Math shapes everything around us — the objects and utilities we use, the way we solve problems in our daily lives, even the shape and scope of our world. The myth that someone is “bad” at math is just that — a myth. New or unfamiliar concepts may be difficult to comprehend, but everyone uses some degree of math already. However, giving this confidence and insight to math-phobic students can be a challenge.
There is potential to be unlocked inside every student, no matter how much they struggle with math. Thankfully, you’ve already taken a huge step towards that goal by becoming a math educator. The next step is continuing that momentum by learning new and proven ways to reach even the most stubborn math student, showing them a path of order through what may appear to them as chaotic numbers and functions.
Each student’s grade level or age affects the way they learn and the methods that resonate best with their learning experience. That means you need the right tools to educate and properly communicate student-level methods for their future success.
A recent Stanford University study published in the journal Education Sciences showed a direct increase in student math scores after their educators completed an online course in math’s usefulness. In other words, when a teacher believes in math, their students believe in it too.
Education may center around the math itself, but ultimately it is an educator’s understanding, appreciation, and development that truly drive the lesson home for their students. Beyond the functions of numbers and concepts, there is a rich, ever-evolving world built on the foundations of math, and you are the key to bringing students into it.
This is where it all begins — a lifelong love of math, problem-solving, and the feeling of success that comes with understanding a lesson. Help shape the youngest minds in the education system with elementary math teaching guidance and tools that really work.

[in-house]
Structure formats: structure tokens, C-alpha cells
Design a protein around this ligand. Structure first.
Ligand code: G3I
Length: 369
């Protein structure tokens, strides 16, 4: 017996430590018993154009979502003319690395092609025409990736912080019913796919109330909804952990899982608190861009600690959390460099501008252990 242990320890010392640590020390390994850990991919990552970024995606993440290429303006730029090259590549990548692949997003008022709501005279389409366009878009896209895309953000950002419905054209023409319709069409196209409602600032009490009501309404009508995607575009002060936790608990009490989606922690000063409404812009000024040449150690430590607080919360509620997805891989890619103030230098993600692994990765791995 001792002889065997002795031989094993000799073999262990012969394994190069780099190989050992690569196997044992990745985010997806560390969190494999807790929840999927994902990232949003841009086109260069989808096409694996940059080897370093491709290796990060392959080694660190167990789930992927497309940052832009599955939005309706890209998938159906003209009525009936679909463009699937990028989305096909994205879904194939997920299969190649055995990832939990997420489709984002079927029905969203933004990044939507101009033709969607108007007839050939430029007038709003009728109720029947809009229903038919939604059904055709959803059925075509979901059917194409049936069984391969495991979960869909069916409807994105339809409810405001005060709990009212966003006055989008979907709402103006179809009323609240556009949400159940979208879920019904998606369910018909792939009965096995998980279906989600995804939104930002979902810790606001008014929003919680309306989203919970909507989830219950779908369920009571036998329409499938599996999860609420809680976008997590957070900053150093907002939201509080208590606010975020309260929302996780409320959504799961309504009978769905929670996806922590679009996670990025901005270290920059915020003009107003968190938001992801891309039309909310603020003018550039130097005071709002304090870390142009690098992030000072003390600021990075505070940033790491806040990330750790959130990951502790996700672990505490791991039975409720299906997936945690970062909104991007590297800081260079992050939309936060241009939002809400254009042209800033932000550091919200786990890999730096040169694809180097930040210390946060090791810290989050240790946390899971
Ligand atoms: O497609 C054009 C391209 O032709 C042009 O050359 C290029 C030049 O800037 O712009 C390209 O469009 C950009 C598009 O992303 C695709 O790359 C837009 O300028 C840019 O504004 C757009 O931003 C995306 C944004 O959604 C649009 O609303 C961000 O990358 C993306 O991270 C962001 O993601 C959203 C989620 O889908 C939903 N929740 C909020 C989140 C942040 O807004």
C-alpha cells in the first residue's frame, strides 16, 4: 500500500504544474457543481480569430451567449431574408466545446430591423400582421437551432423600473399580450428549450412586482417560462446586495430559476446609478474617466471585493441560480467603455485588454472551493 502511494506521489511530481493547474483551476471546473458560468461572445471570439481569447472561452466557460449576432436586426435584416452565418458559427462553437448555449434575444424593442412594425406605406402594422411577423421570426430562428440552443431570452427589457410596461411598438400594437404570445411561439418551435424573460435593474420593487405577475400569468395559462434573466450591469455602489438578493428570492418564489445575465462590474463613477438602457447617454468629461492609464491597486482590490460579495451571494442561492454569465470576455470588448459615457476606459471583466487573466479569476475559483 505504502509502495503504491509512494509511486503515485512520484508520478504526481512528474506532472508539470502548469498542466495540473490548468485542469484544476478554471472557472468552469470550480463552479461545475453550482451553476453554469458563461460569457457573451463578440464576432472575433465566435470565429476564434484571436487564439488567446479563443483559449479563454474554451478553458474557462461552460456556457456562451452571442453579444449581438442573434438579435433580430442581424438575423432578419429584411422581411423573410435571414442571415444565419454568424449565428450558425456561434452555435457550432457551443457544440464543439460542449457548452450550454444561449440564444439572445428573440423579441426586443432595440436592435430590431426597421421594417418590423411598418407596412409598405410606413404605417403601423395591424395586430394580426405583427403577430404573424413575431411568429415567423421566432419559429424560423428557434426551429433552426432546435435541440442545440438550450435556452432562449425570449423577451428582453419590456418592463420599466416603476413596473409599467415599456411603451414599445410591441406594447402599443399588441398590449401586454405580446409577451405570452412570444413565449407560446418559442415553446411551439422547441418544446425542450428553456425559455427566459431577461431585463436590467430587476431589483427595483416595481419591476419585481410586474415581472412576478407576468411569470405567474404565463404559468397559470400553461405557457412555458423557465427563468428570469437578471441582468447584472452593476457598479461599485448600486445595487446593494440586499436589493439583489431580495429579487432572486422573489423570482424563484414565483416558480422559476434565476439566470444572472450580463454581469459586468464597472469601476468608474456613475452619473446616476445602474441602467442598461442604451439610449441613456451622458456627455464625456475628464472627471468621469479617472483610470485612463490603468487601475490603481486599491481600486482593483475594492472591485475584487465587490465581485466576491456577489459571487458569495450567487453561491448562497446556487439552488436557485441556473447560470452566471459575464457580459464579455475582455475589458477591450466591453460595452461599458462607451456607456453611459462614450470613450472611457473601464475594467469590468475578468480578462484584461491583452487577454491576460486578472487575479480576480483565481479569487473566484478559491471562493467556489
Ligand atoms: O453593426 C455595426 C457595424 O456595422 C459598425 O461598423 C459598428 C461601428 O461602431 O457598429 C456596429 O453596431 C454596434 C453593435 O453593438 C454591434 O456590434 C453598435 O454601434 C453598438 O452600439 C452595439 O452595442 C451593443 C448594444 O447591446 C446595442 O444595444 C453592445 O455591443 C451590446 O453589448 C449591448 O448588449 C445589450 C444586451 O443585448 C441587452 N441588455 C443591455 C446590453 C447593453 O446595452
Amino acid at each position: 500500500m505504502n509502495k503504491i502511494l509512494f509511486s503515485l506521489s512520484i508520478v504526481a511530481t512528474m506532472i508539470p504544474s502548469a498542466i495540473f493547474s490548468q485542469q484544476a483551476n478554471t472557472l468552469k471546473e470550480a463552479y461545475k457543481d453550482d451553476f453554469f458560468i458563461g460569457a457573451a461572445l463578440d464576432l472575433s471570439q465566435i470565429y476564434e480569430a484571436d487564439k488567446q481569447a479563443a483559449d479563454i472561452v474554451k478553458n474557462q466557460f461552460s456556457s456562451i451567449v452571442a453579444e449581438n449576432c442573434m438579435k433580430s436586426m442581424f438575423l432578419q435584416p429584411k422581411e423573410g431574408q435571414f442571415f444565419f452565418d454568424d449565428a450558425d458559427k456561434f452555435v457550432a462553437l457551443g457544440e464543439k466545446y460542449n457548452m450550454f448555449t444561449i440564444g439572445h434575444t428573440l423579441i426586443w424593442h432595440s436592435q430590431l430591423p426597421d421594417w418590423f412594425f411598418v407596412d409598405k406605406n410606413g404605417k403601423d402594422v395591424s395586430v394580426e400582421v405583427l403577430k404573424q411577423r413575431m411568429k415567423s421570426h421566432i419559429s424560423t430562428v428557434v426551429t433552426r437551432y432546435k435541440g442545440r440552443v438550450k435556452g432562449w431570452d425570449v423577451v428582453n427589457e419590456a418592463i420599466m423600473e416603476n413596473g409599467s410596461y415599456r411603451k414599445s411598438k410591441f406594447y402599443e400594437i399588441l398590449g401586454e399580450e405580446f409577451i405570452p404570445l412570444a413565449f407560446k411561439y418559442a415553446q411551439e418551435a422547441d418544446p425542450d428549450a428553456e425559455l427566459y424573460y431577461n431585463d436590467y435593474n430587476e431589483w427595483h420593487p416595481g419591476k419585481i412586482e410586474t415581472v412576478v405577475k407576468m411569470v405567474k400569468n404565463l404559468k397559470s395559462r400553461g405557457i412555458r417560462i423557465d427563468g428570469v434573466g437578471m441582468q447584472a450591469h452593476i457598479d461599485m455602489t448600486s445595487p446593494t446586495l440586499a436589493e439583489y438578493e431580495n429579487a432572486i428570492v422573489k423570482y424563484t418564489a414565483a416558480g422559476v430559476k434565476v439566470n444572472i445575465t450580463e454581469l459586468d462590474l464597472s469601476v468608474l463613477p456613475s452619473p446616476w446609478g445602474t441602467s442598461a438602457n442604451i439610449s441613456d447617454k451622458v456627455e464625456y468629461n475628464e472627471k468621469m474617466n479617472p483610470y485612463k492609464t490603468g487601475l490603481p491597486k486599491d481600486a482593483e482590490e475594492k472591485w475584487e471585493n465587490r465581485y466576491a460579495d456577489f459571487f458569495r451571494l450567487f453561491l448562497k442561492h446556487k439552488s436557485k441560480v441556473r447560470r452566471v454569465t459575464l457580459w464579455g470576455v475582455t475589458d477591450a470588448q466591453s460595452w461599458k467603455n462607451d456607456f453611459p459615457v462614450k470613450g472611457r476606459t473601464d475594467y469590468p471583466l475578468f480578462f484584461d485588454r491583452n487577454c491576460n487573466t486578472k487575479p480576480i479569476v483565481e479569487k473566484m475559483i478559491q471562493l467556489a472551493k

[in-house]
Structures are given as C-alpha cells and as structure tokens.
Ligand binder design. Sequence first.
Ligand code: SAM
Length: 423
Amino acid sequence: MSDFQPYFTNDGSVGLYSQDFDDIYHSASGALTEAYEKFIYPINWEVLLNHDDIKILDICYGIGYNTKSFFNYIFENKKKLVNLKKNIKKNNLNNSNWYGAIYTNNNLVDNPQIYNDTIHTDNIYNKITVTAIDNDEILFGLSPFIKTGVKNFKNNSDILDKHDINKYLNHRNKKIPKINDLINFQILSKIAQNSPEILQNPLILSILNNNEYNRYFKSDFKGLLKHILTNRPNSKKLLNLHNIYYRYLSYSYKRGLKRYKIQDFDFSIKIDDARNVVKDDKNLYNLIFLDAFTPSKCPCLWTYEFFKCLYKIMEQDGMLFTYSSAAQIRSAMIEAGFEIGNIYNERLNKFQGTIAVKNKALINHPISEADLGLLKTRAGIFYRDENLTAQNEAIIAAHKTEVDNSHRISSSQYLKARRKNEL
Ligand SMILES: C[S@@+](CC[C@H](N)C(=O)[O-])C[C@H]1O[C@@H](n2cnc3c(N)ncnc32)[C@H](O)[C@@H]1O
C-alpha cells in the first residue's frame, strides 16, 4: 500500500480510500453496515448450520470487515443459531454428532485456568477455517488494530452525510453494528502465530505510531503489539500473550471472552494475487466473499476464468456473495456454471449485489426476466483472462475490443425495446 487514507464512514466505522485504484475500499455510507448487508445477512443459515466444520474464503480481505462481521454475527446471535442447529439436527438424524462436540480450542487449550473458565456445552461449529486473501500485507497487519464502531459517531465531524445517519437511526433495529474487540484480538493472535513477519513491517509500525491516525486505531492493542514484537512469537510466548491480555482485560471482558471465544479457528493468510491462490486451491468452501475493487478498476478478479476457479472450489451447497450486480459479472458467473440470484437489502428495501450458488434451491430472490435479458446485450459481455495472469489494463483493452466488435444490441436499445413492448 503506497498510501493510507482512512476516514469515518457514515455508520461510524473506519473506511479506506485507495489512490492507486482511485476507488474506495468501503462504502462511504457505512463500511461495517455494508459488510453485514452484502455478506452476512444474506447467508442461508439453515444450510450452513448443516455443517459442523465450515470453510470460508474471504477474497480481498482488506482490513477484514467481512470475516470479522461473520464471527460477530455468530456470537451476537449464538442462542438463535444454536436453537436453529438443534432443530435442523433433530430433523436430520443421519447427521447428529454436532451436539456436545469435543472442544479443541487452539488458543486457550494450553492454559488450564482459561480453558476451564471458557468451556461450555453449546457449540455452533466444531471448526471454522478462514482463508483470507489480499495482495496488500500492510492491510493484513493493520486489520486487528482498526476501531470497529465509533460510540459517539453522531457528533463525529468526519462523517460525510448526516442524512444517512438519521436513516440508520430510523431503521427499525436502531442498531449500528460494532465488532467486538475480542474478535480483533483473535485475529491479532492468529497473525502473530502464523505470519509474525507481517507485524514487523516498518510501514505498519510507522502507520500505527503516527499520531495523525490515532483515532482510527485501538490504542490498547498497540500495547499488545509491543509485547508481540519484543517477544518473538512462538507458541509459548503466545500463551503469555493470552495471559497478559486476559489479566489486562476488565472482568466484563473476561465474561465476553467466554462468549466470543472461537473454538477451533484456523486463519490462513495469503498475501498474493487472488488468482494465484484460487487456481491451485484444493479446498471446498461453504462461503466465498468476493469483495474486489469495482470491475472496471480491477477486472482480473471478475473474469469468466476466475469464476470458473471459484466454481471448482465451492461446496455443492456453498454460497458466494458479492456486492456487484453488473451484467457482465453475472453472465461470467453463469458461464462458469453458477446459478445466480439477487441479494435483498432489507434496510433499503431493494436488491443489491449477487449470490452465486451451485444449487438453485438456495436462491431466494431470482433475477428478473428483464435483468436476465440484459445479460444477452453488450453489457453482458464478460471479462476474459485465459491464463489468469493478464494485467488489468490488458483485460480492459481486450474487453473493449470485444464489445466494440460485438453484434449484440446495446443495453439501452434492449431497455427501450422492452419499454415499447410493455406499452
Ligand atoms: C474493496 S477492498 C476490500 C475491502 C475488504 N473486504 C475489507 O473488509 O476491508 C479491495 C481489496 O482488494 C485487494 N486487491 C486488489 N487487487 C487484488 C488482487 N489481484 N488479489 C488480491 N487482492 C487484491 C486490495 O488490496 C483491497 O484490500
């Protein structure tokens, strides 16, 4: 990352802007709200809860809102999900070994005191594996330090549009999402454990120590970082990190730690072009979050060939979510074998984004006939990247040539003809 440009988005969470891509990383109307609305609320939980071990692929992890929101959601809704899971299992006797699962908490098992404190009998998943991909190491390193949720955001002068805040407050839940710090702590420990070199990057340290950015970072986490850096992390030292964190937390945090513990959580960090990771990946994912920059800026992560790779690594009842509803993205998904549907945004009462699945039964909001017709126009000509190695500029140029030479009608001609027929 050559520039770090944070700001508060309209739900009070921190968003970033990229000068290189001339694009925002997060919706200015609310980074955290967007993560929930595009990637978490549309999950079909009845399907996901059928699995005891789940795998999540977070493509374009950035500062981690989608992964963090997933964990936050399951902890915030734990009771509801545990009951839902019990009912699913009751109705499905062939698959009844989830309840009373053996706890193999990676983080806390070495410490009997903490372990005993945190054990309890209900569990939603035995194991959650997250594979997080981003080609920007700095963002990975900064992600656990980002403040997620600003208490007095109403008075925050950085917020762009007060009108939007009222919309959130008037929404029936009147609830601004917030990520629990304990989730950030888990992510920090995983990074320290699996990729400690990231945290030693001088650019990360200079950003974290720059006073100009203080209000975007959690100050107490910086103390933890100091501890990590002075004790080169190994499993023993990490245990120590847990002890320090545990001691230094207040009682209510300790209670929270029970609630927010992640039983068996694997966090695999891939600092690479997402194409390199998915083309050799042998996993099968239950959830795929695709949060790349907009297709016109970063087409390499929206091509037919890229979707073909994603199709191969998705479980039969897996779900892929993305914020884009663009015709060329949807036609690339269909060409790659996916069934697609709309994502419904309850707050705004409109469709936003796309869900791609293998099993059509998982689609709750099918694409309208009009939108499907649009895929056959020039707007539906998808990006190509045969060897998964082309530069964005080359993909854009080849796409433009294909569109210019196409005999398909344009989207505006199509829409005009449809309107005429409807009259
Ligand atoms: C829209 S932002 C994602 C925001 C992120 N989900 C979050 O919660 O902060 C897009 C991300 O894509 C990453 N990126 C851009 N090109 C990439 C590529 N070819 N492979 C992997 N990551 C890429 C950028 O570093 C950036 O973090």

Your students have a lot going on in their personal growth — mentally, emotionally, and physically at this age. Math may be the furthest thing from their young minds, which means it’s up to you to bring it back to the forefront in an engaging, memorable way. Find what you need to remind them that math is applicable to — and, in many cases, an integral part of — the things that interest them.
High school students have social, cultural, and post-graduation planning pressures. Here are some of the best ways to stay connected with students, even when math may be the last thing on their minds. These are the lessons that will shape them for college, career, and beyond — so getting help making inroads is more crucial than ever.
Who teaches the teacher? Keeping your skills sharp is a necessity in the classroom; students will be watching and modeling on your own mastery of math. That said, it’s hard to keep focused on your own math-specific goals with dozens of young minds depending on you, so we want to help close the gap. Here are some quick mathematical tricks and resources to learn more math knowledge that will keep your skills sharp.
Educator-level courses help instructors accomplish three very important things: design and incorporate grade-appropriate activities and exercises; develop comprehensive math lesson plans that integrate with understood concepts; and improve their own math skills to teach, answer, and explain with confidence.